We did not ask for loans, that is not free education – student leaders


Student Representative Councils (SRCs) from some universities across the country are rejecting the recommendations made by the Fees Commission report on the funding of higher education.

On Monday, 13th November, President Jacob Zuma released the official Fees Commission report, which recommended that students can make use of income contingent loans (ICL), through public/private partnerships with financial institutions (i.e. bank loans) which would be underwritten by the government to fund higher education.

Mangosuthu University of Technology SRC president Sandile Dlamini rejected the bank loan recommendation made in the report. “Understanding how banks operate, you’re saying students must go borrow money from the bank, they must be the ones who are now funding the education, but through loans. Who is going to repay those loans in the end,” he told The Daily Vox.

Athi Ndita, SRC deputy president of the Cape Peninsula University of Technology (CPUT) said that #FeesMustFall’s demand was for free education and not loans. “ We’ve never asked for loans, we asked for free education and I don’t think that can be associated with loans,” he said.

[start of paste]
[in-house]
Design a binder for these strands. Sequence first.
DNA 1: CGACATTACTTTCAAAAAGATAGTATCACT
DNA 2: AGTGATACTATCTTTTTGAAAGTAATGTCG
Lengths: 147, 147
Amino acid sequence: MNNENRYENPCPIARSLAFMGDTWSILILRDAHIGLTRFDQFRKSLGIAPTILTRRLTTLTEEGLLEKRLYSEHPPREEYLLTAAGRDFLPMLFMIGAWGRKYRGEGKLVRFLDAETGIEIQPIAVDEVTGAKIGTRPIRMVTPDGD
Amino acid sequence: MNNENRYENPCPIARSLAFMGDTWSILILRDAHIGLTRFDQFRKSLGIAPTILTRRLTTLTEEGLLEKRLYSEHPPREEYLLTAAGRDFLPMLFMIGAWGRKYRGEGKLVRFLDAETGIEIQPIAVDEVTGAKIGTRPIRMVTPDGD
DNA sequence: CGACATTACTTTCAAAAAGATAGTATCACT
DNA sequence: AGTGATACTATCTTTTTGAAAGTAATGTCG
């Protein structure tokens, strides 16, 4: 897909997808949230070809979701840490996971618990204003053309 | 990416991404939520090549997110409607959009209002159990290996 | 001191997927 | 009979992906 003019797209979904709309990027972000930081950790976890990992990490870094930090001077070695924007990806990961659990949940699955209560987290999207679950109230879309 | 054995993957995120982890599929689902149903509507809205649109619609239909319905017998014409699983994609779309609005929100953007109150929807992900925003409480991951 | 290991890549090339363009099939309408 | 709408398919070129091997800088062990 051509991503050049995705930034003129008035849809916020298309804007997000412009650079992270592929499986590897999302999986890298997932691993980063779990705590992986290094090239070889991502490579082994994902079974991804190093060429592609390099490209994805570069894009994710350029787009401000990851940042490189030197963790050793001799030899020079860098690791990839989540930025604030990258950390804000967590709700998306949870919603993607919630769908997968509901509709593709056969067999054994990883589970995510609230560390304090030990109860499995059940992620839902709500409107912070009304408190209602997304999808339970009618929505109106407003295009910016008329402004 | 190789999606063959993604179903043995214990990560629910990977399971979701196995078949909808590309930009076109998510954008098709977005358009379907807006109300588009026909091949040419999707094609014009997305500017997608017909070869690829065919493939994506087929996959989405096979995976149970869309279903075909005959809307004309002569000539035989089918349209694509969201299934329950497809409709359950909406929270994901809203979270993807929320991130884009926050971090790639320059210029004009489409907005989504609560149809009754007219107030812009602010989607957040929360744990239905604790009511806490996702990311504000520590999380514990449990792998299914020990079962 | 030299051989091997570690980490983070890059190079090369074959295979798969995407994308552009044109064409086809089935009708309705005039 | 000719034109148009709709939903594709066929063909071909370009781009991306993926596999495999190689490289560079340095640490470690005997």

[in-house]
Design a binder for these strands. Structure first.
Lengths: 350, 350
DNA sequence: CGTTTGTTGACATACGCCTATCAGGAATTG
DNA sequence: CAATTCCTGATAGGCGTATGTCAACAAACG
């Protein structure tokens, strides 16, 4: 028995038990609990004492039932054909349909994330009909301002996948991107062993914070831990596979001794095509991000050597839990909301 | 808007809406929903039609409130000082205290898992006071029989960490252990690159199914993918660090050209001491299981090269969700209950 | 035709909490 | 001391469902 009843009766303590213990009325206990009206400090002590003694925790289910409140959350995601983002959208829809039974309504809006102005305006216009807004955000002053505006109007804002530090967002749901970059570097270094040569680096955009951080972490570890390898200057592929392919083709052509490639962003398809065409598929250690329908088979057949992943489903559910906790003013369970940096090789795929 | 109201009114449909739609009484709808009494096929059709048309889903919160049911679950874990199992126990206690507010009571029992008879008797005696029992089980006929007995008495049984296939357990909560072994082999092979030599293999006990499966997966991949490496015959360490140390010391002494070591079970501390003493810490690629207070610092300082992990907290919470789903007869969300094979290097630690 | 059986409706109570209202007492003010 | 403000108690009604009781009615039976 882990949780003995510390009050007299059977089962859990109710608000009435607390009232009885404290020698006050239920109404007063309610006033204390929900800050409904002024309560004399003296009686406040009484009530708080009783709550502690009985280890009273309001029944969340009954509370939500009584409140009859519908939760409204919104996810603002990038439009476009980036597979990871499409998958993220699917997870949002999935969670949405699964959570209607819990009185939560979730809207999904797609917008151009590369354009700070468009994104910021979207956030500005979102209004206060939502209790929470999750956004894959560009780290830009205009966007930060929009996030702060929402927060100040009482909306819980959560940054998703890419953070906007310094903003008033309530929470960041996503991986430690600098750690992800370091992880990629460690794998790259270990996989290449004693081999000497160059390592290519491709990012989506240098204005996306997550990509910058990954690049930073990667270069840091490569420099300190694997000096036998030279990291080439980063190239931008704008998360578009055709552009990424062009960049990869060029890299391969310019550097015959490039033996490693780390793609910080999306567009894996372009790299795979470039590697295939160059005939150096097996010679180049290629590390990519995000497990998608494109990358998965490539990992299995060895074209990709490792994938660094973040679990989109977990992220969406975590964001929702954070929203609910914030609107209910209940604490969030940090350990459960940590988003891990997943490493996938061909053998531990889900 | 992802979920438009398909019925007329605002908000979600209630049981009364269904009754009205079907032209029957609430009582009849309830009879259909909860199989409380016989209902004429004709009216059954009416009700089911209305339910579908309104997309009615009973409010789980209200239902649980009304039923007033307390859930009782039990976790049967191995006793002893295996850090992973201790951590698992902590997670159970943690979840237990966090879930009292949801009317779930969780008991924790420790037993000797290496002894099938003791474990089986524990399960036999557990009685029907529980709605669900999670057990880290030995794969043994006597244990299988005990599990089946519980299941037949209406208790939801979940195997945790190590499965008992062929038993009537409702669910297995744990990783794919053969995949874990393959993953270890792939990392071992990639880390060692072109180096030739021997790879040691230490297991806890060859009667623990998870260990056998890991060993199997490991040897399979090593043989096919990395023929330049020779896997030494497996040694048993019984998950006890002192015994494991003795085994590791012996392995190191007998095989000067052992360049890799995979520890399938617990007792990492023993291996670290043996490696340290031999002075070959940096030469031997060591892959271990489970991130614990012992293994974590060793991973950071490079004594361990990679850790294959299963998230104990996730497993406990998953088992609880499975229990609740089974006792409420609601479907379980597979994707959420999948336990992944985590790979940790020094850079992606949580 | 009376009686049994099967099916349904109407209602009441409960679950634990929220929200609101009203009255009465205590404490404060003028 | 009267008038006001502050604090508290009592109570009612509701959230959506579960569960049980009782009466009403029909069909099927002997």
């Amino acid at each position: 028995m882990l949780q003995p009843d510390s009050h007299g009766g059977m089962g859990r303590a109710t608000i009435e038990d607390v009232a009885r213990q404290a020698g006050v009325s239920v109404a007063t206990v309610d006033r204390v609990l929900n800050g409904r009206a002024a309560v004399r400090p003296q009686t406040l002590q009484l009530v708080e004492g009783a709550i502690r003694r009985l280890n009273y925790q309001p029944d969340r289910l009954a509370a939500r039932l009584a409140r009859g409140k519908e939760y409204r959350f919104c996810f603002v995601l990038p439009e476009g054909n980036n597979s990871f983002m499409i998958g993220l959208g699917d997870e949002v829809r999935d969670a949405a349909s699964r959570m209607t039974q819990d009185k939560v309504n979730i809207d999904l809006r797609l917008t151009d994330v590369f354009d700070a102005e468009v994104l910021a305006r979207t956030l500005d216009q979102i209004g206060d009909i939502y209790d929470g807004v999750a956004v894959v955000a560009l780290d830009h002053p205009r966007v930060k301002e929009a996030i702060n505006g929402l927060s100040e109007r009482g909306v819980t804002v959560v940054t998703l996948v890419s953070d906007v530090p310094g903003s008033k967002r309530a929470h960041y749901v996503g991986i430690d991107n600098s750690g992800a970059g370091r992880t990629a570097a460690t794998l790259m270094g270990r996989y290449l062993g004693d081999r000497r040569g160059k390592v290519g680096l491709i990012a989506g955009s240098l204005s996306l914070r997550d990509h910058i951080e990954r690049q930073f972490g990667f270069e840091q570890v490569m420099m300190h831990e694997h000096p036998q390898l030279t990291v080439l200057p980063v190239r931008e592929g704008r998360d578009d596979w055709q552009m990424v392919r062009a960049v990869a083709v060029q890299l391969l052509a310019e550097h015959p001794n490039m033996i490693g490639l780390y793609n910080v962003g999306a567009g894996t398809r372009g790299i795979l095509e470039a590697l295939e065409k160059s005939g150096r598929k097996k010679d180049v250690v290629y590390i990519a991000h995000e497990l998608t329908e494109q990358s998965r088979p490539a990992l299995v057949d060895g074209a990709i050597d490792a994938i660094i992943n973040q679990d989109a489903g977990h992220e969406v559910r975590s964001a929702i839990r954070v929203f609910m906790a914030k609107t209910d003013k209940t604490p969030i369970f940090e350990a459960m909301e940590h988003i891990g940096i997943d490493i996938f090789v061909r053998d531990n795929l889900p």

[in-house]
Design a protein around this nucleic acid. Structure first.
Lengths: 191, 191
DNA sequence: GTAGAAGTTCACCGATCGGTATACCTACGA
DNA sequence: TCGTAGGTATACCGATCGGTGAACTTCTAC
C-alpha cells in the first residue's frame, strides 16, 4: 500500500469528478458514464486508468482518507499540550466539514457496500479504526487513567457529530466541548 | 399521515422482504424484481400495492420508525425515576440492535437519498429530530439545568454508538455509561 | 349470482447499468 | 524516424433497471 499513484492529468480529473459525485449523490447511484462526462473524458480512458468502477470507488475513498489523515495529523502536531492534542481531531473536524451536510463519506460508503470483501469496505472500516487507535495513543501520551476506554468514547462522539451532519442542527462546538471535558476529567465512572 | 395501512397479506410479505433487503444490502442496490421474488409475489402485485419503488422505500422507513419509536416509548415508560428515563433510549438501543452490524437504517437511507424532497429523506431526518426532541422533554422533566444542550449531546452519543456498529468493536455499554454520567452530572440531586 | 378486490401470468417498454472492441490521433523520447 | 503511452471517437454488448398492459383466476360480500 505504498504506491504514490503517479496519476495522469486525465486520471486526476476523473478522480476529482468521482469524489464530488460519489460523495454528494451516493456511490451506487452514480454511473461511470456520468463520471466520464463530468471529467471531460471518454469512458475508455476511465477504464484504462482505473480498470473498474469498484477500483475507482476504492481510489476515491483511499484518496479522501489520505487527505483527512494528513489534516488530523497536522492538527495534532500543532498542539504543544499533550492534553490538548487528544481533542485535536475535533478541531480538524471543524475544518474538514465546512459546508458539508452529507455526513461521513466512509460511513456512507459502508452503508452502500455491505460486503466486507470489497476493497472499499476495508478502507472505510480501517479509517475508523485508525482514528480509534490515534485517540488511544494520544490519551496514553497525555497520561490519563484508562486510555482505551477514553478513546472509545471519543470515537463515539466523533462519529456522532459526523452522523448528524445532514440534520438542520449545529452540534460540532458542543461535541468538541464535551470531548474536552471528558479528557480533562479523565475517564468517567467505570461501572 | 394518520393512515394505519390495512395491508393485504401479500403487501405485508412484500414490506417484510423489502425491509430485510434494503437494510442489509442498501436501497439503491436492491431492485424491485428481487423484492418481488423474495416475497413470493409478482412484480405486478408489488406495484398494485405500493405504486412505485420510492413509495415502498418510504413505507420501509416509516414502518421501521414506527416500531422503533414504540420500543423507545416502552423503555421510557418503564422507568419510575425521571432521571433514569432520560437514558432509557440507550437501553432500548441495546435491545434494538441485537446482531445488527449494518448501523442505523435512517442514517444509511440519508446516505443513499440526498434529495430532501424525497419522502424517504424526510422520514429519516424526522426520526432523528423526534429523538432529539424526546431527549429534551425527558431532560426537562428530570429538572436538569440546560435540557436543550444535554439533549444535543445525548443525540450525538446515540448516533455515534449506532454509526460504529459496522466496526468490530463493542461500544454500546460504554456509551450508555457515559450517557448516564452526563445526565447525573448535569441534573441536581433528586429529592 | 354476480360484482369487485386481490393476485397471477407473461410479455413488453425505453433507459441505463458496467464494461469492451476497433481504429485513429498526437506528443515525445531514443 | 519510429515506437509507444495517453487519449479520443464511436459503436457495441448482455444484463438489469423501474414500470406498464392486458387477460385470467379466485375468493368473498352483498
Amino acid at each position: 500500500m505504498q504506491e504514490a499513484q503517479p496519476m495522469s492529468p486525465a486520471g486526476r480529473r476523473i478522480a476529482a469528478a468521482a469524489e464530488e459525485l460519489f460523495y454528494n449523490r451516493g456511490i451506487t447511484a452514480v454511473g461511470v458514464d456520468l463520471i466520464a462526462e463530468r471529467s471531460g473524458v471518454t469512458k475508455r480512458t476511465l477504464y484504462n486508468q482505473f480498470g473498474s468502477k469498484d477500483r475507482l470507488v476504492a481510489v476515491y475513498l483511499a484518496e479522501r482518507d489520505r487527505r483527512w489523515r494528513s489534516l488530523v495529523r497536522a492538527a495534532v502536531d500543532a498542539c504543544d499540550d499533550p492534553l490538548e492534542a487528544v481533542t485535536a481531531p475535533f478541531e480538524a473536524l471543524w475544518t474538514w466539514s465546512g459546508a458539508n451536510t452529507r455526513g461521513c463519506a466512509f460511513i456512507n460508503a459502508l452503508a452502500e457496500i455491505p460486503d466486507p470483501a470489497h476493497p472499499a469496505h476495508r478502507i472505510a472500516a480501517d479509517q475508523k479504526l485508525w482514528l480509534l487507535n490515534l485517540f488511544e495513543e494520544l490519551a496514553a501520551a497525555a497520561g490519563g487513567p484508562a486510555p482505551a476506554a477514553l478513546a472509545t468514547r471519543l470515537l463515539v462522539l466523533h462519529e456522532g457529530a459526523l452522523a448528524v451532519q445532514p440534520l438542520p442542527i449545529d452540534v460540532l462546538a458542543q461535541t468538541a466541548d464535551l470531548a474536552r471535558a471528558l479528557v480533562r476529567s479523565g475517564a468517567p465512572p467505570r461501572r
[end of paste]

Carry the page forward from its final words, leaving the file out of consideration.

The report also proposed the scrapping of application and registration fees for higher education. However some council members are still not pleased with this recommendation.

Ndita said that CPUT had already scrapped its application and registration fees. “There’s nothing new there, we did it last year already. Maybe it is for other universities but at CPUT there was no registration fee this year and there won’t be next year,” he said. Ndita also said that the recommendations by the report are worse than the already existing government funding scheme. “They could have just said they can’t do it and stopped wasting our time. They must pay back the money they spent on that entire commission,” he said.